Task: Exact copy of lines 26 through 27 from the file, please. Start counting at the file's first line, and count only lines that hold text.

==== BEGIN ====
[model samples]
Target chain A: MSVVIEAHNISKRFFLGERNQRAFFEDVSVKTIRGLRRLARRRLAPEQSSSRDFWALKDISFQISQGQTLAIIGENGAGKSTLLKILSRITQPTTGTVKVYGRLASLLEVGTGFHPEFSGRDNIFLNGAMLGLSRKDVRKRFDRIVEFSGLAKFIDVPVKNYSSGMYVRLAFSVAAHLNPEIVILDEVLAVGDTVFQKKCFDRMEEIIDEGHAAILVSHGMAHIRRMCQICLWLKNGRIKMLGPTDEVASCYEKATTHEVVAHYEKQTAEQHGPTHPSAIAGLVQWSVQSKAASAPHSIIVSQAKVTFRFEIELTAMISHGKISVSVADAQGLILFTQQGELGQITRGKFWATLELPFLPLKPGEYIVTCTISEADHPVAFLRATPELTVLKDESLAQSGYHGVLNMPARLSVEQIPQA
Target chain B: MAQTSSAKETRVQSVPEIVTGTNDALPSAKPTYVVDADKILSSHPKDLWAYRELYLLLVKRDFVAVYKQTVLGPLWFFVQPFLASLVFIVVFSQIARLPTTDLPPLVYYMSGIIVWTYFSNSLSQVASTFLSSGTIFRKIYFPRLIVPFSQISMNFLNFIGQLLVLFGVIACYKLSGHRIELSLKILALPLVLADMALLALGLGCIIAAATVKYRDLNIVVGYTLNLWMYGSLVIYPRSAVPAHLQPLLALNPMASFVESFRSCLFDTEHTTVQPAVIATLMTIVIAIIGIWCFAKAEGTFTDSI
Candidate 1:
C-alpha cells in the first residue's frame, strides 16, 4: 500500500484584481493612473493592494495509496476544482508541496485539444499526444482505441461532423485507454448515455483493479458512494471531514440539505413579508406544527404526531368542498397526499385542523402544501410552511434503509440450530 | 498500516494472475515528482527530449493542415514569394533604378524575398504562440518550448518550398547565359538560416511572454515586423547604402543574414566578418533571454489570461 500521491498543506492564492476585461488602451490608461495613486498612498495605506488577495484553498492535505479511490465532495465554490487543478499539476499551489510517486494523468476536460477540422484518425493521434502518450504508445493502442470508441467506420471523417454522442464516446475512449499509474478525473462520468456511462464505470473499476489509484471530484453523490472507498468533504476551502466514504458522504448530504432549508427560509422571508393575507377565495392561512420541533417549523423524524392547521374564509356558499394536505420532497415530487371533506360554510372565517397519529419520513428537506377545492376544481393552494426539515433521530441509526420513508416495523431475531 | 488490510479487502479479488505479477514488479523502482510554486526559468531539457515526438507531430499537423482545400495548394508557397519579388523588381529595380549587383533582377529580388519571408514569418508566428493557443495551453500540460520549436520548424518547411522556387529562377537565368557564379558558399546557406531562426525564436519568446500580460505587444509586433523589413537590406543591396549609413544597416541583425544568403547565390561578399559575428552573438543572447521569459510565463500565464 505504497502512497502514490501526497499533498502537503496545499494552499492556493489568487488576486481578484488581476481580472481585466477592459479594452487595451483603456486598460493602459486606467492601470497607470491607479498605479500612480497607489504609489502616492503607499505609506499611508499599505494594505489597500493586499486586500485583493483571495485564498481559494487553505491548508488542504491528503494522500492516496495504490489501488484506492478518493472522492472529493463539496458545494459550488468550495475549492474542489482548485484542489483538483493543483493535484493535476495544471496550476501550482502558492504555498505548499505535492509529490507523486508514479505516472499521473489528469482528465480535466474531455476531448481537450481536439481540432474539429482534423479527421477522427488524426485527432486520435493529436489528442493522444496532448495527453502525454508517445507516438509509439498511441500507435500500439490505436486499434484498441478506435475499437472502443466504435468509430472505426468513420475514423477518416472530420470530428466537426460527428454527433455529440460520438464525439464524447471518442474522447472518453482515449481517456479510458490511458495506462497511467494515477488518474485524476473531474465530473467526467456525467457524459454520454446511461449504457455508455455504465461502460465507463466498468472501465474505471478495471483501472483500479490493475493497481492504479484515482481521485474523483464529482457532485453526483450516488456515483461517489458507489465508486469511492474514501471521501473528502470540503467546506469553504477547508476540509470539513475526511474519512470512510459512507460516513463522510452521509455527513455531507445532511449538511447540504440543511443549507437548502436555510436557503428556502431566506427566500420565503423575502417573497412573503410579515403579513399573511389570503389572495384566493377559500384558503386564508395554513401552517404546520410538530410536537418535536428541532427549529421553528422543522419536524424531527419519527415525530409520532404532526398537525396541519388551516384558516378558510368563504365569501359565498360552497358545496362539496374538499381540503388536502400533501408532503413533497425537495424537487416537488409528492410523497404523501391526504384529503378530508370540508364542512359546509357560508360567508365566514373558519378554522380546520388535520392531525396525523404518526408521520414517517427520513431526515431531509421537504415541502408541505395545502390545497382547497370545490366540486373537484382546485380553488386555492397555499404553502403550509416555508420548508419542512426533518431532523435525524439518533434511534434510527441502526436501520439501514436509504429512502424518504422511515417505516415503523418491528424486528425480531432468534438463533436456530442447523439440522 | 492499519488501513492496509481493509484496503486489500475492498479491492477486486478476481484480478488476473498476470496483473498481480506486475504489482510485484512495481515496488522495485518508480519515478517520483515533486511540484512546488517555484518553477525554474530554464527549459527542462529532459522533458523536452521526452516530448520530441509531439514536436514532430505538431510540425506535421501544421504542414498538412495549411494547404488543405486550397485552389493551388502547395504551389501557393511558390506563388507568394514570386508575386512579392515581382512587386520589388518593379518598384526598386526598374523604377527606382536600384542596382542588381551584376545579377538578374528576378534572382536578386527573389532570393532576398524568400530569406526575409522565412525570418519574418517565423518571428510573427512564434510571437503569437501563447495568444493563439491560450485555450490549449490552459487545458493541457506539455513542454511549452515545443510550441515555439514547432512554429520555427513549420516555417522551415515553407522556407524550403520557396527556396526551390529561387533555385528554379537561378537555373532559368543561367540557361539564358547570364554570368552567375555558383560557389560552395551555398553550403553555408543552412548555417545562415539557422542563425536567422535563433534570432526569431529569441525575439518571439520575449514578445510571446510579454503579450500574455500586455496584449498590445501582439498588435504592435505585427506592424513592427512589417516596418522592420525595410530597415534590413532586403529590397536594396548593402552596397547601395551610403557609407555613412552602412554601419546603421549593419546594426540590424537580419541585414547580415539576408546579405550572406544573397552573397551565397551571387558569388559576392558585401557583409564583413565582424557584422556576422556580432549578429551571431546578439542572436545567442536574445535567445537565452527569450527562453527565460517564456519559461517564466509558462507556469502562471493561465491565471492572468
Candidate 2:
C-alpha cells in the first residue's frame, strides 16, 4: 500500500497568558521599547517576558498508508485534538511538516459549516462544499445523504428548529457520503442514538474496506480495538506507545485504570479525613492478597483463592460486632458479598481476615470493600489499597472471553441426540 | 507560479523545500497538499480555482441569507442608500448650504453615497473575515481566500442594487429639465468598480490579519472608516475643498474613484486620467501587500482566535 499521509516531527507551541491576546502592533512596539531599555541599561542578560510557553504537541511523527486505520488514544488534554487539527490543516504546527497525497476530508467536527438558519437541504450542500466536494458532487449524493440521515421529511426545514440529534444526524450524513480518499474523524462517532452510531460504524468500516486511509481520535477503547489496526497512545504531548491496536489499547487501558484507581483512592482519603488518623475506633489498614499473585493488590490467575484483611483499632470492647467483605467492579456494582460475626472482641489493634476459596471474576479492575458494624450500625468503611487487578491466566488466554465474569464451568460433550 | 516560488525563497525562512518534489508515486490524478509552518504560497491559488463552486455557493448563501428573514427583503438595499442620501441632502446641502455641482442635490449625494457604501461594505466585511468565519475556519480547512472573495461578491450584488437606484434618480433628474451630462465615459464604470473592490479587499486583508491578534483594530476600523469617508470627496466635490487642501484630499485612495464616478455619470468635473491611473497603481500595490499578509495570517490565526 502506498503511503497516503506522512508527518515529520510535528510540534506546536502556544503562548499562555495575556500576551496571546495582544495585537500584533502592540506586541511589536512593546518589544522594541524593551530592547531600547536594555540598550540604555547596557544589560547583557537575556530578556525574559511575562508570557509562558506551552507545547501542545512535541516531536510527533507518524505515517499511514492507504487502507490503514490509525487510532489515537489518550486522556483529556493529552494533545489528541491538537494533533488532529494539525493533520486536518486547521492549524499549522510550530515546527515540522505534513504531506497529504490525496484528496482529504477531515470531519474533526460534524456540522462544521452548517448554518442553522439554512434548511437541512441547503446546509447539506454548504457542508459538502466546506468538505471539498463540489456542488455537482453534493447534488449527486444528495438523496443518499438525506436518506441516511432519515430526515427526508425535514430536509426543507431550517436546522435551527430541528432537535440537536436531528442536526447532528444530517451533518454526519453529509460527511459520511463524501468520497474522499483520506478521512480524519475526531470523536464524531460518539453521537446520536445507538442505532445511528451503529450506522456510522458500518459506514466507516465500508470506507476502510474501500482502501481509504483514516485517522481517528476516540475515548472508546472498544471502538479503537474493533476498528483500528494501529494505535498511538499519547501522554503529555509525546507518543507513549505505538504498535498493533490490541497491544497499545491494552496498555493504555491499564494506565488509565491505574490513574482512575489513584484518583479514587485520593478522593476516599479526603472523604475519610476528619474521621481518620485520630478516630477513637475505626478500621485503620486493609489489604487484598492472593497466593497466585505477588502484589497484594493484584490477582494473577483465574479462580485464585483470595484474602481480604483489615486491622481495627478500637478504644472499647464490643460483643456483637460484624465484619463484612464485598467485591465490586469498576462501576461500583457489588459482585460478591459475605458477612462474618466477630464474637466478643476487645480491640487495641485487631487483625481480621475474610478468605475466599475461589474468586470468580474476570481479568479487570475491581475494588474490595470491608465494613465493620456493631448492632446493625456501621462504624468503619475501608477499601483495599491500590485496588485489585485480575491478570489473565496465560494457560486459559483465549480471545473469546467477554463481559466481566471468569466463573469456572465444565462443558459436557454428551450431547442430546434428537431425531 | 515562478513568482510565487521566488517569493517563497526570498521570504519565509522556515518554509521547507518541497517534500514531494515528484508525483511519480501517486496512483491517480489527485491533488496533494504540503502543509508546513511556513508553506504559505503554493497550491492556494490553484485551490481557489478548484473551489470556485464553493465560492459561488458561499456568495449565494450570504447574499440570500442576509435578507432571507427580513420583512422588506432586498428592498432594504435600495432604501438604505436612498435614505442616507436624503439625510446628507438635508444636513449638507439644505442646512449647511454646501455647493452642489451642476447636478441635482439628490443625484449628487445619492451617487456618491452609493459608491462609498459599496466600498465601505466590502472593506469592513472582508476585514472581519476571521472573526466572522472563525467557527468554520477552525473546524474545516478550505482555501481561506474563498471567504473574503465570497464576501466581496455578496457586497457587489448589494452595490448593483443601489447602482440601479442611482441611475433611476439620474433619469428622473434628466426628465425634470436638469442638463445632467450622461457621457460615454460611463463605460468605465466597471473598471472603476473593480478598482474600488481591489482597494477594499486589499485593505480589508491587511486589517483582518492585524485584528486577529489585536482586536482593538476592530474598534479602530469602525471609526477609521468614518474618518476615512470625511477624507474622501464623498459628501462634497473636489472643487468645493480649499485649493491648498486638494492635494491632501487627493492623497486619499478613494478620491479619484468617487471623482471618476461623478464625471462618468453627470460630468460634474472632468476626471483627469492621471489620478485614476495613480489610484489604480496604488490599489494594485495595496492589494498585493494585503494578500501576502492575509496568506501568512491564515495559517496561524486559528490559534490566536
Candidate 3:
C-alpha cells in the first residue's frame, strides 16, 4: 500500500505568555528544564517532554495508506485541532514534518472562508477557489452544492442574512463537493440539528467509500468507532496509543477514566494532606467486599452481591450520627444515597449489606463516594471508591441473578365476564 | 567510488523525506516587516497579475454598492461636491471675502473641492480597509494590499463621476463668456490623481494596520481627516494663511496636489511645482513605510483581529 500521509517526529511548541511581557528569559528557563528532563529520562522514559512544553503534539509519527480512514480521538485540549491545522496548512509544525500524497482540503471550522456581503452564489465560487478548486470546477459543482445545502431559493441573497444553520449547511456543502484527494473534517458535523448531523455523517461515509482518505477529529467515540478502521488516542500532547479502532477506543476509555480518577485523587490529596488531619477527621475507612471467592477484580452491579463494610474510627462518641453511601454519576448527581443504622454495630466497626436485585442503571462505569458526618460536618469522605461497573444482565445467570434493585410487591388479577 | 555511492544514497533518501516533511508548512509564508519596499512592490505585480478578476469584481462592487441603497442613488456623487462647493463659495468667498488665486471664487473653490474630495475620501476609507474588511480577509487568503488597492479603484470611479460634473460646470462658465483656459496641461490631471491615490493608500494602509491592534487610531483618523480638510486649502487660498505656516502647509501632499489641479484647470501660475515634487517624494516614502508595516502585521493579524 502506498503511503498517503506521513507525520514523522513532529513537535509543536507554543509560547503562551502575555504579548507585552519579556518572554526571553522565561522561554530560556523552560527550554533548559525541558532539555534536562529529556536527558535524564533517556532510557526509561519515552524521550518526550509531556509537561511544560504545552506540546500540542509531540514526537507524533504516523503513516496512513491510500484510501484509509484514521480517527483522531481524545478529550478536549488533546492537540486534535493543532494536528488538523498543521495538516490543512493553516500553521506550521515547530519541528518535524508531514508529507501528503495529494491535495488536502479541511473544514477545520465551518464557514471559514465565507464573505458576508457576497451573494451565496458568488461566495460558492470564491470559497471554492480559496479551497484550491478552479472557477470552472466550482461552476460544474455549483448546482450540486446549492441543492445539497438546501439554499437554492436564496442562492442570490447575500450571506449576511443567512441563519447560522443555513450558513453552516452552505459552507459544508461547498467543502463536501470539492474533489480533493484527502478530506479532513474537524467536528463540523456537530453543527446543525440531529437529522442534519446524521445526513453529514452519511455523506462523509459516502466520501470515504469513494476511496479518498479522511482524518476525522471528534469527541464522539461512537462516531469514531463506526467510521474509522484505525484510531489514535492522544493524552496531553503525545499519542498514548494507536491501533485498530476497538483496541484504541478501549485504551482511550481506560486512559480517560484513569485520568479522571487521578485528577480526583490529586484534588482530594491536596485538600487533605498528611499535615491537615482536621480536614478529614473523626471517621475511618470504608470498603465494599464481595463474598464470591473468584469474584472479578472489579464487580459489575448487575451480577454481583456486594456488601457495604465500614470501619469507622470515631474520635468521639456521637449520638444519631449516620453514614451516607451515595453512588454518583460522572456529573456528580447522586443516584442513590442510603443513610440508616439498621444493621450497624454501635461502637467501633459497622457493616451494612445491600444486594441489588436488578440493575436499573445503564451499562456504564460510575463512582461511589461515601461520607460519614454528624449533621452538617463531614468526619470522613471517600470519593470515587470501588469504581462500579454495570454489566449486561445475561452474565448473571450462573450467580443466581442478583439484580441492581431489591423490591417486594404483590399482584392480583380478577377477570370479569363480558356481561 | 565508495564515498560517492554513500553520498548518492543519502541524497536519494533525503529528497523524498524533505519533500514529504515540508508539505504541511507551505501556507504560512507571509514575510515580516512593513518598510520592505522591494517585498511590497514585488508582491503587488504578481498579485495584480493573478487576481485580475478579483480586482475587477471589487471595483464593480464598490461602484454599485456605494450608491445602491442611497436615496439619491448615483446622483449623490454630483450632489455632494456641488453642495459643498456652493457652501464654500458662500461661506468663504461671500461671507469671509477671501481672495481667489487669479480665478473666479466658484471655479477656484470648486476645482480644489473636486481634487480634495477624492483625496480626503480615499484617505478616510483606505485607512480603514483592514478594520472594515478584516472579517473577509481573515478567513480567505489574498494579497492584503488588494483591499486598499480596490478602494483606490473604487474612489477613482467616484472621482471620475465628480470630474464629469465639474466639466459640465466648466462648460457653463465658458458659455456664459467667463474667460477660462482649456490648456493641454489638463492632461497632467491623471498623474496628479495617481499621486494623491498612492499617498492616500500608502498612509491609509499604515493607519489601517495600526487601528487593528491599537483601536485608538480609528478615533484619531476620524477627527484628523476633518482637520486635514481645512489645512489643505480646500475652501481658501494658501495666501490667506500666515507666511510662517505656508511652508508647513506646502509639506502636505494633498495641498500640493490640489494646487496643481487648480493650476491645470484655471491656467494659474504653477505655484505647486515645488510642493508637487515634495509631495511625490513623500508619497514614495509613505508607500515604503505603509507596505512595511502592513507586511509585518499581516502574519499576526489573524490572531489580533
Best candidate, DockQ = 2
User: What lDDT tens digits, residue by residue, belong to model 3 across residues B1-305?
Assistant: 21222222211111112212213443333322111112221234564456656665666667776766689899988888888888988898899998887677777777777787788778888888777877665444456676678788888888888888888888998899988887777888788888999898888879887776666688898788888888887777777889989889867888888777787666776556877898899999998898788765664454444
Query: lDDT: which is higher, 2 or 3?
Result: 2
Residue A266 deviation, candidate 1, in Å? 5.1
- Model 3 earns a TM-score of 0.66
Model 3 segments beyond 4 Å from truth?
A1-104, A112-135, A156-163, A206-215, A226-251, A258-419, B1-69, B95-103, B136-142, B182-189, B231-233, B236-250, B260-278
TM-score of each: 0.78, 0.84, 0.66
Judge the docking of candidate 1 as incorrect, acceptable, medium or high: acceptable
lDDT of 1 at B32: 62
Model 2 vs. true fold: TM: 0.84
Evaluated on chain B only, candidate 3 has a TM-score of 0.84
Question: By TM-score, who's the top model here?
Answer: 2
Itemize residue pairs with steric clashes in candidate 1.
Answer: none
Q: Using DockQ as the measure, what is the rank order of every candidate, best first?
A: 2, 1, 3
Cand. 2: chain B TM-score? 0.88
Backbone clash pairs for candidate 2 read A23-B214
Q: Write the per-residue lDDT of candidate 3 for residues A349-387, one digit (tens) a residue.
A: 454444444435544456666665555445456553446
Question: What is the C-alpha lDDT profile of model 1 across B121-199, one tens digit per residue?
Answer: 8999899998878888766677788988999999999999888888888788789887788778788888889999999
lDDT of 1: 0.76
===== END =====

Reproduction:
Itemize residue pairs with steric clashes in candidate 1.
Answer: none